FN Herstal

Airborne School Graduates First Class Using New T-11 Parachute

Airborne School tranistions to T-11 parachute
(Photo: US Army)

The T-11 parachute, also referred to as the Advanced Tactical Parachute System has already begun to replace the venerable T-10 with operational units. As Fort Benning’s Basic Airborne Course trains new parachutists, they too have have begun the transition to the new system. Students will continue to train with both since the transition to the T-11 will take about three years, but the class graduating last week was the first to have jumped the new parachute.

T-11 Ft. Bragg NC – LTG Helmick Jump from PEO Soldier on Vimeo.

This PEO-Soldier video of a recent jump by the 18th Corps Staff gives you a good idea of the characteristics of the parachute.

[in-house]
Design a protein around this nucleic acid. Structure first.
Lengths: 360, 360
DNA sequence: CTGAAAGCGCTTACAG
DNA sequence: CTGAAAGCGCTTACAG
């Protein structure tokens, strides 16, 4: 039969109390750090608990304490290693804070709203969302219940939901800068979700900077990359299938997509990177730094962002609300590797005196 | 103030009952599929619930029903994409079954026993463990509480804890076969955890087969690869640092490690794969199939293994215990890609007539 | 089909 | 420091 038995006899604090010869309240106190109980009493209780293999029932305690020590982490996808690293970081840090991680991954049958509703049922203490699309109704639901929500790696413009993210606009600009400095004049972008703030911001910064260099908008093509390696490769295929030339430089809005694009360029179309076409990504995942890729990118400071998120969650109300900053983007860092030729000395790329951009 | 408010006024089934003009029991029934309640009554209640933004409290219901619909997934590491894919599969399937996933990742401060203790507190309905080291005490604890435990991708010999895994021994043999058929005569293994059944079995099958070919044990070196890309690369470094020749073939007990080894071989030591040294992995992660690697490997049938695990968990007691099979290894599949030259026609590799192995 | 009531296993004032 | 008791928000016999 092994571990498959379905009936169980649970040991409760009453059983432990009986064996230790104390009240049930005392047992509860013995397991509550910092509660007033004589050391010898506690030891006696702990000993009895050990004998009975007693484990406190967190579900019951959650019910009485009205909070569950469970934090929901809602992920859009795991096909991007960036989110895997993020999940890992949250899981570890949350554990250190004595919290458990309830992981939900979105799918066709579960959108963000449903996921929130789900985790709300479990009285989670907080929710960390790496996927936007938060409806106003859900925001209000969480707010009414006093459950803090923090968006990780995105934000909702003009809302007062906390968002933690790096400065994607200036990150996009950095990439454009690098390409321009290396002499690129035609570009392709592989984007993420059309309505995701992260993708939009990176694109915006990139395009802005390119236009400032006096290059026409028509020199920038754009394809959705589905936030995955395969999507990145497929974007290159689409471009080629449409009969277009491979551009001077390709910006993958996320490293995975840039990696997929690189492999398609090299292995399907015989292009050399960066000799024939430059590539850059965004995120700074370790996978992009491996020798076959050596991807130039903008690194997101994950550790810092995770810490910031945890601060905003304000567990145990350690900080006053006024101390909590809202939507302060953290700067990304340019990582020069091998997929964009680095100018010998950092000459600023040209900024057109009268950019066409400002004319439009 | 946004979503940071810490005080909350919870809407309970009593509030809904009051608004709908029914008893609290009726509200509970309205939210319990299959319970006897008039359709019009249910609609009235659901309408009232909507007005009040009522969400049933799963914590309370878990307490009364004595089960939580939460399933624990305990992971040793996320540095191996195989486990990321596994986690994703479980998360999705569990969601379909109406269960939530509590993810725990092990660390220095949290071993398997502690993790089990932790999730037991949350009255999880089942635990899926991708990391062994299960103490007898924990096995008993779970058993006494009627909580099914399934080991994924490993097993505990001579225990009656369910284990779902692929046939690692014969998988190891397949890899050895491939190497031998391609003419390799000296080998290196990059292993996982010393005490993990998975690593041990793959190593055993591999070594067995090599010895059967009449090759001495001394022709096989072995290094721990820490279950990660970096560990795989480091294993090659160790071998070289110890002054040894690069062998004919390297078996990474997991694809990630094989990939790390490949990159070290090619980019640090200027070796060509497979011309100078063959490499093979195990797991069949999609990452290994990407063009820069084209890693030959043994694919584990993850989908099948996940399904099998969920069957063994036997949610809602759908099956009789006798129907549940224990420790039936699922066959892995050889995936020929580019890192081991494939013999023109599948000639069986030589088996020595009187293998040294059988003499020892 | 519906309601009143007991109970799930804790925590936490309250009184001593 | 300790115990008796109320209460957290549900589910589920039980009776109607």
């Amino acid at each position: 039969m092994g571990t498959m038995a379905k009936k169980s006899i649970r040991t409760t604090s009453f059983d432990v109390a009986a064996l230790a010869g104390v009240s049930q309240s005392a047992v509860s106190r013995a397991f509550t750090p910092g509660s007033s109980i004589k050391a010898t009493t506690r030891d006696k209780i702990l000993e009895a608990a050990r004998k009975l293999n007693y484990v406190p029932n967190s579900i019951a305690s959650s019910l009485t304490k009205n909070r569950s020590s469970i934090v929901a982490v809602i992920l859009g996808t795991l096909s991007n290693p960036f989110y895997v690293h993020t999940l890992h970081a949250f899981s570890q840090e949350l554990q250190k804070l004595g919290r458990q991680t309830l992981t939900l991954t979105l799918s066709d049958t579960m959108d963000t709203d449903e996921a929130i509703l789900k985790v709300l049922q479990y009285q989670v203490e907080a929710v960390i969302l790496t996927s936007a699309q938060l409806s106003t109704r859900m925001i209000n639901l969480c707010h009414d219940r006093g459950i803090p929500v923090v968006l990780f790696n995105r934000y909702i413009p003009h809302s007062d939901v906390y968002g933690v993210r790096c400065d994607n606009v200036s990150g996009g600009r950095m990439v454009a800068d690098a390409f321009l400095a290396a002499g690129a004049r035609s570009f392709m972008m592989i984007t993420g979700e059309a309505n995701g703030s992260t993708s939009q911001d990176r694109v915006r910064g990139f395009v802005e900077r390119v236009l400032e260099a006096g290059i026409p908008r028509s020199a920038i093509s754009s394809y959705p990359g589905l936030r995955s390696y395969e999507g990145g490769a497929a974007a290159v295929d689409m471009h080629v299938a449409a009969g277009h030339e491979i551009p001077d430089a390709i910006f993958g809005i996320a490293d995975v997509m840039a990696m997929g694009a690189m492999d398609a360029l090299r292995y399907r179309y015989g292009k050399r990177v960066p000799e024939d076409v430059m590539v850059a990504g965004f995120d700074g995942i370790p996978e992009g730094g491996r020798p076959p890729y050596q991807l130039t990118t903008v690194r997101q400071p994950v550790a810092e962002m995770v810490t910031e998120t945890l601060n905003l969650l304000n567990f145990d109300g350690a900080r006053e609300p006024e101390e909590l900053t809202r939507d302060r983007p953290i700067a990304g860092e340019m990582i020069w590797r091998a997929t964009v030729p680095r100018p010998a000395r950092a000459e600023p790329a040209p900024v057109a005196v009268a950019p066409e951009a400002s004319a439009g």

One of the first things you will notice about the new canopy is its shape. Rather than the traditional conical shape of the T-10 the T-11 boasts 28% more surface area and assumes a somewhat square shape due to a modified version of a cross/cruciform. This results in a slower rate of descent and a softer landing (19 fps vice 24 fps). Additionally, the T-11 replaces not only the round canopy but the harness as well which is designed to displace opening shock forces of the reserve parachute equally along the long axis of the jumper’s body. While the T-10 relies on the Modified Improved Reserve Parachute System (MIRPS) which includes a standard T-10 reserve parachute canopy assembly integrated with a commercial deployment assistance device to throw the canopy out away from the jumper, the new T-11R is based on the British Low Level Parachute (LLP) aero-conical design that includes apex scoop pockets at the top of the reserve canopy and skirt assist lines at the system’s hem to promote fast opening of the reserve during low-speed malfunctions. Unlike MIRPS, the T-11R reserve uses an omni-directional, center-pull deployment system.

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